It’s time to move beyond fear of backlash by applying a Diversity & Inclusion lens to make better decisions for everyone
Over the past week we have seen a number of examples where decision makers failed to apply a gender or D & I lens to their decision making, with a serious impact on reputation, leadership and income.
Yet in the same week, with the launch of a major report on gender backlash and buy-in, we have seen a call from 150+ of Australia’s senior leaders in business, government and education to all employers. This call was to continue to improve the representation of women in leadership, address resistance, and be prepared to engage with the range of responses to gender equality initiatives to enable Australian businesses to be more successful.
Why is this so hard? Throughout everyday life in organisations, leaders and teams apply a safety lens to their day-to-day decision-making. Diversity and inclusion is no different to safety. We just need to spend a nanosecond checking that our decision will be inclusive of all of our people or community, yet many of us don’t take the time to do this – despite overwhelming evidence of the benefits including reducing bias and improving the quality of our decision making. In todays complex world we just don’t do it. Why?
In the current post #MeToo era, the risk and reputation impact is increasingly dire for organisations – as well as impacting lost productivity, discretionary effort, profit, and pain and frustration for employees and leaders.
Last week we saw Australian ambassador to the US Jo Hockey accept responsibility for releasing a list of 15 all white male patrons of friendship between Australia and the US. The Australian embassy was forced to retract this list, as it did not reflect the diversity of the Australian and US communities.
We also saw PM & Cabinet when they applied a gender lens to their performance management process accidentally finding that women were outperforming men in performance ratings, yet more men were receiving promotions.
In addition, we saw that despite progress in the retail industry on diversity issues including size, gender and ethnicity, there has been a tokenistic approach to including people with disability on the catwalks. This tokenistic effort reflects in-store, as many customers with a disability feel they are treated as invisible or an embarrassment, rather than with respect and inclusion.
So why is it so hard for decision makers to apply a diversity lens to their decision making? Why are we not prioritising D & I for action when it’s been identified as one of the most under-utilised levers to improve business capability? It’s a topic that fascinates me and my observation on talking to leaders in my workshops is that there is a real fear of taking action.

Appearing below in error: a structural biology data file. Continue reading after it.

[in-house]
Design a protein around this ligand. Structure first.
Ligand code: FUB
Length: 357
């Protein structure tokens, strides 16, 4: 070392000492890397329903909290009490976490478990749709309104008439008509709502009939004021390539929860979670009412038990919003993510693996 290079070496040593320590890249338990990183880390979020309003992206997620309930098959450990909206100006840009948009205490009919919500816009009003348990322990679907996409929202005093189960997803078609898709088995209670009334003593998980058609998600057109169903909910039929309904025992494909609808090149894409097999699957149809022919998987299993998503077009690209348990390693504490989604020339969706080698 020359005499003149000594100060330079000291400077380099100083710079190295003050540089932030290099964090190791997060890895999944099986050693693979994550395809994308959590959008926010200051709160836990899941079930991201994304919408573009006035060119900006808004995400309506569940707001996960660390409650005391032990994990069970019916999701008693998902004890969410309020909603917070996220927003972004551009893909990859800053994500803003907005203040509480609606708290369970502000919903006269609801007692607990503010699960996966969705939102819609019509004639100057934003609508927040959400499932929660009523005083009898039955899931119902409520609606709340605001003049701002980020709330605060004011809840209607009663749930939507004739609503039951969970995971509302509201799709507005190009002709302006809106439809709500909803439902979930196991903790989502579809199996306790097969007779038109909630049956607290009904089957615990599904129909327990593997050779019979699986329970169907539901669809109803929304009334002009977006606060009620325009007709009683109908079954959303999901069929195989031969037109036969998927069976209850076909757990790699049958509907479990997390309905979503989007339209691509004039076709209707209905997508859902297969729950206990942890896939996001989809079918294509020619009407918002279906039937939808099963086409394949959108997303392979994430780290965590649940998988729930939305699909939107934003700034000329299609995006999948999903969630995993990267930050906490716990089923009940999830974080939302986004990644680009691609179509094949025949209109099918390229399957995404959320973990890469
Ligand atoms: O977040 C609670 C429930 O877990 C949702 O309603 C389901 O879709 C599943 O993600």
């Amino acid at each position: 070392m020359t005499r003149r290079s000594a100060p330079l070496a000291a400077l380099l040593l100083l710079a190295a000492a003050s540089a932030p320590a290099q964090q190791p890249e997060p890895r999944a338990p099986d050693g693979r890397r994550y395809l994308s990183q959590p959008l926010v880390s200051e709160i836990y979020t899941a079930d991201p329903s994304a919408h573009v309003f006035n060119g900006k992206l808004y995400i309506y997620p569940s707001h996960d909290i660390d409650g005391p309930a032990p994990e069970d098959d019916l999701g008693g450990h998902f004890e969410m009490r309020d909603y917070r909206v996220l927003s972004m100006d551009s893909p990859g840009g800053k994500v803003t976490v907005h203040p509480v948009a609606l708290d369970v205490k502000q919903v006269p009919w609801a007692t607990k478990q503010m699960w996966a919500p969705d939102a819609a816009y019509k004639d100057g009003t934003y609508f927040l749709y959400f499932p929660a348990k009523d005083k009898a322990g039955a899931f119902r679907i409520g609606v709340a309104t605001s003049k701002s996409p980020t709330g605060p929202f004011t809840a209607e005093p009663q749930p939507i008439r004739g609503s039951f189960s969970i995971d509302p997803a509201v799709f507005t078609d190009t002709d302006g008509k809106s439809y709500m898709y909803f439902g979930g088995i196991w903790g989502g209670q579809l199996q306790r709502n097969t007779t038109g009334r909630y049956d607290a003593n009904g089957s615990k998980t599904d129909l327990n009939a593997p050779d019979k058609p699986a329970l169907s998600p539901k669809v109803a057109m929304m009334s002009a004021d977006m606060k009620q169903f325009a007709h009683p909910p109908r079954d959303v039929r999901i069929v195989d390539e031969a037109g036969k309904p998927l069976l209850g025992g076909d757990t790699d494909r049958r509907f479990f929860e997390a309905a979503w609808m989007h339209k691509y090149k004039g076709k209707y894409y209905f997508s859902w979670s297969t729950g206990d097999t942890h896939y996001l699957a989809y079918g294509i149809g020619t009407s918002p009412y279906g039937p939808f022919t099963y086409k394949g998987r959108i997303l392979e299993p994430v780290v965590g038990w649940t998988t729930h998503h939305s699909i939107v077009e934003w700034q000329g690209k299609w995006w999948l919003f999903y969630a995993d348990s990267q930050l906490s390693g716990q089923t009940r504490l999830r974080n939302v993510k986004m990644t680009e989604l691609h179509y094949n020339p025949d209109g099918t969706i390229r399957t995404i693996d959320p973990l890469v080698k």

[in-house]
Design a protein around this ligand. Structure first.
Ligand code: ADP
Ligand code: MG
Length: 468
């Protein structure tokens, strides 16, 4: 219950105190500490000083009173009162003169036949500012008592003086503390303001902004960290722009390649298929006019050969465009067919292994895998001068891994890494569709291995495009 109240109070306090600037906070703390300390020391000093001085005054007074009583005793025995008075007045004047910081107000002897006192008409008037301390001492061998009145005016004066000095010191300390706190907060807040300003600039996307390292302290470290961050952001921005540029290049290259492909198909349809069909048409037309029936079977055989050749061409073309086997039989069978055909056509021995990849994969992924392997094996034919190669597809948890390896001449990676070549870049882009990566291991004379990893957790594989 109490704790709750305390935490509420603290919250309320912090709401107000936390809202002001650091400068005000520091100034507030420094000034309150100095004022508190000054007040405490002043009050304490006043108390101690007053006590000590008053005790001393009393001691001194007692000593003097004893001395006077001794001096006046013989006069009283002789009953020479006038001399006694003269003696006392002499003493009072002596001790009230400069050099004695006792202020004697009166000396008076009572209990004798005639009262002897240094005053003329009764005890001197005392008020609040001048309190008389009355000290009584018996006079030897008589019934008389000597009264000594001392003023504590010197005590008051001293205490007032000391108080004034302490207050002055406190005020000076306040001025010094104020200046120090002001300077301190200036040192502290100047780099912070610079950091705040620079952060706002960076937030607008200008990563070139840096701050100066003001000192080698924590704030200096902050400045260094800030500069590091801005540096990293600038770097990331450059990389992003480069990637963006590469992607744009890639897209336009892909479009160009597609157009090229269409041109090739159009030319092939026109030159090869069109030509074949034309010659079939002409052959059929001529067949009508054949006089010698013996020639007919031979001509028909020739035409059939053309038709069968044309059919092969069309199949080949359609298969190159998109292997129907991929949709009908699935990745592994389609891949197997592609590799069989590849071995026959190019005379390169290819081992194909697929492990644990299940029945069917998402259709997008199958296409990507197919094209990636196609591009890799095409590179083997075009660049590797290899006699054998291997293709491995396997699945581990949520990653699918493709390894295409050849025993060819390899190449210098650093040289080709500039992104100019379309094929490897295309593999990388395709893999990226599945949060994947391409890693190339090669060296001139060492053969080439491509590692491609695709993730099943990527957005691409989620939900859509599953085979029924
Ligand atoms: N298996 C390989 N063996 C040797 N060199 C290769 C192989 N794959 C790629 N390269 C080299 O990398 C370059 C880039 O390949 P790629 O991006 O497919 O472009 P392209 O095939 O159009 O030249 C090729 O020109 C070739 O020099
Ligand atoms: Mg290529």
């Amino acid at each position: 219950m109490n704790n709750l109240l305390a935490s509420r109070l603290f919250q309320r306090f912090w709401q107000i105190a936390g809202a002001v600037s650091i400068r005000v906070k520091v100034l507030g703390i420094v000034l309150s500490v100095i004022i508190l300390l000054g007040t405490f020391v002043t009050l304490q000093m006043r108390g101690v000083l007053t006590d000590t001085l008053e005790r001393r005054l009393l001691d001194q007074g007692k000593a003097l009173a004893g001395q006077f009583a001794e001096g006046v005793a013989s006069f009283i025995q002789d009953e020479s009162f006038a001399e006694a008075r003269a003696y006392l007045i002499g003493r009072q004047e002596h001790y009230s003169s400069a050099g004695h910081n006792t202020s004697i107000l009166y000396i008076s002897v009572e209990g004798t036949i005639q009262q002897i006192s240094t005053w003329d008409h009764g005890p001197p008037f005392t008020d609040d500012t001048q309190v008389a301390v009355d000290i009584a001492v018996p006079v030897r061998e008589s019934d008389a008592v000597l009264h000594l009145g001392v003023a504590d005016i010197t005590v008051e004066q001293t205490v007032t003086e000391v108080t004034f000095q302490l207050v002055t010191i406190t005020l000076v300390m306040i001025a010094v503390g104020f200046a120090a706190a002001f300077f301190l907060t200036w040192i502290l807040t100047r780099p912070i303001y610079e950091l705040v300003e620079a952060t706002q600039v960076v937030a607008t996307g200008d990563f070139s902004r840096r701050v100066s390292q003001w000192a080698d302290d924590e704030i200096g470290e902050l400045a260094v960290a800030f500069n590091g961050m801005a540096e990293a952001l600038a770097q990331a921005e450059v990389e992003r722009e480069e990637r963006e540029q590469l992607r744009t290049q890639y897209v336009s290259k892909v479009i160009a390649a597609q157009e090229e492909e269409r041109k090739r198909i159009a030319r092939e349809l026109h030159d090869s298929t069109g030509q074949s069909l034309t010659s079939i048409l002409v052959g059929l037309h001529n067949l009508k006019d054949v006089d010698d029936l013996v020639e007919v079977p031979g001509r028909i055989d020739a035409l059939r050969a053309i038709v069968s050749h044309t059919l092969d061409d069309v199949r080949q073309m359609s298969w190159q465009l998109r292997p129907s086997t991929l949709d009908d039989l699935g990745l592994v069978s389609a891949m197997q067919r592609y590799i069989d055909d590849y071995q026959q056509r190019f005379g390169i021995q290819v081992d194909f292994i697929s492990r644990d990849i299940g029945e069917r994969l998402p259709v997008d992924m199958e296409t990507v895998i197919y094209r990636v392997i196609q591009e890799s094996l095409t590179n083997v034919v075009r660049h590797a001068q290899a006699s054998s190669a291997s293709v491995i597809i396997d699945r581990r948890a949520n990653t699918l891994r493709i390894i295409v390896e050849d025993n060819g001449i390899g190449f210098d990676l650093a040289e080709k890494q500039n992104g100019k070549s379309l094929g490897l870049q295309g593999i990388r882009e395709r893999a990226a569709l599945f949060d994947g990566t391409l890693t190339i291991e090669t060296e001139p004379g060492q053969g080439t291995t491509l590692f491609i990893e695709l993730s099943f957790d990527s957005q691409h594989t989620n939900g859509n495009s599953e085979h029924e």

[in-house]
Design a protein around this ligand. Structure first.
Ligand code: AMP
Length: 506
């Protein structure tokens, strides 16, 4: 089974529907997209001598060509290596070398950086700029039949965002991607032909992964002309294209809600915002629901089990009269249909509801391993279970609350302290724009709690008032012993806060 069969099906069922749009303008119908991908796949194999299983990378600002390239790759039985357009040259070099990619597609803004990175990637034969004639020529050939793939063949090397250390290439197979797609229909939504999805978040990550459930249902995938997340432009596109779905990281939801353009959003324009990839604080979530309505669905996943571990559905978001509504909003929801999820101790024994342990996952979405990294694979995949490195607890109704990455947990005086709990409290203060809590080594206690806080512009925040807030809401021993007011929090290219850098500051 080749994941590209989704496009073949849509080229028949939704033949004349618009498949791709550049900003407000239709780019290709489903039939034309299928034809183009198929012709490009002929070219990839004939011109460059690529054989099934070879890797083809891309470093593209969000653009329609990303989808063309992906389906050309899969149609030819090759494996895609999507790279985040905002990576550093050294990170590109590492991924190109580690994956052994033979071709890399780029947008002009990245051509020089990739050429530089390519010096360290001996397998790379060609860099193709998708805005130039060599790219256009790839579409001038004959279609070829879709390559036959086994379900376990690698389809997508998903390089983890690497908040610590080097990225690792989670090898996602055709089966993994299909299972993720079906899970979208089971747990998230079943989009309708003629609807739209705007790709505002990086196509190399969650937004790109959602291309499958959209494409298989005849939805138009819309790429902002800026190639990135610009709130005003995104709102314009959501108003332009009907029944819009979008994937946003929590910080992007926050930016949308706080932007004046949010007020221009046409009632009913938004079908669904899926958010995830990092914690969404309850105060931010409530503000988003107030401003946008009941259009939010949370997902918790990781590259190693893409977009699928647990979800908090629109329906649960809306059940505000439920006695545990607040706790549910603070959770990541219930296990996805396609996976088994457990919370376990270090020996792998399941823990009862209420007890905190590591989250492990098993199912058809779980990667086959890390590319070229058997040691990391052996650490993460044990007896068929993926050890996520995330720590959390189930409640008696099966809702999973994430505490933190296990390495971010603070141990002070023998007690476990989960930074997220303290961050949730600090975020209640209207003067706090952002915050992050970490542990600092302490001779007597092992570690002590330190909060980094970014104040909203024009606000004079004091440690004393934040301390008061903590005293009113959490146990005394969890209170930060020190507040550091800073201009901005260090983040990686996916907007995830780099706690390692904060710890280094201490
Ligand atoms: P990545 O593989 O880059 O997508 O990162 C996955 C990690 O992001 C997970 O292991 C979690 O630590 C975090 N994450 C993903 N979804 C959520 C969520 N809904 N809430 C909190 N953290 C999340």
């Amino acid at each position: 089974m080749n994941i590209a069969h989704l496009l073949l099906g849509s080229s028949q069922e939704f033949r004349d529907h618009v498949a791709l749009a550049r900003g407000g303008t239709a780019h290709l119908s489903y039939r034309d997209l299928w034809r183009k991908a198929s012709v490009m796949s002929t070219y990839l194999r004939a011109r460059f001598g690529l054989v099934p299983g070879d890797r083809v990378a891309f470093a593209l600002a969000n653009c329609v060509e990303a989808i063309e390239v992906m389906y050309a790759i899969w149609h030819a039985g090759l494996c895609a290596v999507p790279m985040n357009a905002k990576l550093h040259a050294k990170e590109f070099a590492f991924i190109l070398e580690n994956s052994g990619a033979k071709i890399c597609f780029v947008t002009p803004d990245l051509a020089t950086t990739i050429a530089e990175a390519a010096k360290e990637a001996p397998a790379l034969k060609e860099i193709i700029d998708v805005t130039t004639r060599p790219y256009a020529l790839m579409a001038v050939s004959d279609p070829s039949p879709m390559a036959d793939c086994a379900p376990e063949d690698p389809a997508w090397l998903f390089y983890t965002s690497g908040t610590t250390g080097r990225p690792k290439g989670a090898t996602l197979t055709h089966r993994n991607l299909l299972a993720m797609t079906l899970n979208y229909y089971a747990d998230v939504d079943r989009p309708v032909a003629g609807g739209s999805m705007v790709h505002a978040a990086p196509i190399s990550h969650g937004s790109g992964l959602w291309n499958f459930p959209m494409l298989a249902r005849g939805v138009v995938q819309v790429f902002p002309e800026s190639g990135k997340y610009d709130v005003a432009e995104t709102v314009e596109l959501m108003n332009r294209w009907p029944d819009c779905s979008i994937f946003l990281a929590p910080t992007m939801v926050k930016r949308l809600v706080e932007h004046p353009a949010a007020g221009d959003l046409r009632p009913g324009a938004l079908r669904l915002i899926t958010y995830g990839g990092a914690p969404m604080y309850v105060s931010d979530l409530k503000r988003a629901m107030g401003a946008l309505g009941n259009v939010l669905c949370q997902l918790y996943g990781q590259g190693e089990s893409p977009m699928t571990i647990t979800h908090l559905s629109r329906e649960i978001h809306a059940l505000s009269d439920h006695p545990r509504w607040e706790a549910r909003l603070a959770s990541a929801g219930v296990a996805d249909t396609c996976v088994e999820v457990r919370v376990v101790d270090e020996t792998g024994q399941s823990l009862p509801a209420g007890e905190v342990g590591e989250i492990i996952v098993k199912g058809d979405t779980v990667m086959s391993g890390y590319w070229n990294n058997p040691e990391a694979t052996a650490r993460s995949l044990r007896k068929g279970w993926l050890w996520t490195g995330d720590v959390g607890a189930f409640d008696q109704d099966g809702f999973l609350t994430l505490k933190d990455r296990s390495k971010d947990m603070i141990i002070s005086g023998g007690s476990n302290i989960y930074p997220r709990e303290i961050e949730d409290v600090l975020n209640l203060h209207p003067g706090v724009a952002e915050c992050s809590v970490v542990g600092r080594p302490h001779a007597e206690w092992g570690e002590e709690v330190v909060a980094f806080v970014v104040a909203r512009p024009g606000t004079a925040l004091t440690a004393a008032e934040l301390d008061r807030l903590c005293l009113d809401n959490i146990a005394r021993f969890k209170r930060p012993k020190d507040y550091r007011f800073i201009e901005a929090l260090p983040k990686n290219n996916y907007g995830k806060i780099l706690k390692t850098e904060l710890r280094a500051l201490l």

People tell me they don’t have time to do it, yet they do it for safety, and they talk about the fear of overcompensating resulting in diverse groups getting preferential treatment.
Yet in contrast we don’t think like this when we apply a safety lens to our day-to-day decision-making in organisations – because we have prioritised this issue for attention and educated our workforce. This included shifting mindsets and building skills and confidence to understand that despite potential inconvenience, we will all be better off if we can provide a safe workplace for everyone, and we have established consequences for those who do not comply.
The evidence is there - a diverse team managed well delivers great results – a diverse team managed badly results in pain and frustration, lost productivity, ill health and cost. Yet we tiptoe around the edges of educating our leaders and our teams about the D & I business case, and equipping them with the skills and behaviours to create inclusion.
With this in mind, it was great to see the release of the latest MCC report on addressing backlash last week, and I recommend watching this MCC members discussion about the fact that backlash is a normal part of every change process, and that we need to push through it in the D & I space as we do with every change initiative in the workplace.
I also loved the comment on diversity fatigue from Deloitte Australia CEO Cindy Hook in the MCC video discussion – that for the many women that have been waiting their whole career, they are fatigued by the lack of pace of change. This fatigue should not need to exist, as there is now no excuse to not drive real change in organisations as we know we can solve D & I problems if we take a serious business approach to the challenge!
I recommend we all take the MCC advice, and also learn from Sydney start-up CEO Melanie Perkins, who is building a successful IT business through engaging every employee and including them. In this way, everyone feels valued and can fully contribute, as all staff are on watch together to call out harassment as well as the day-to-day micro inequities that undermine diversity and inclusion.
So what can we do to enable all of our people apply a D & I lens to their day-to-day decision-making?
· Educate all of your people to be D & I aware and confident;
· Make diversity visible and set expectations by including the D & I business case as a part of your core business aims;
· Hold people accountable and expect them to apply a D & I lens to people and customer decision making as part of how they do business.
I would love to know your thoughts on this article, and also please contact me if you would like a copy of my free D & I maturity model that provides a map on how to put these ideas into action.
Image via AFR, Rick Stevens.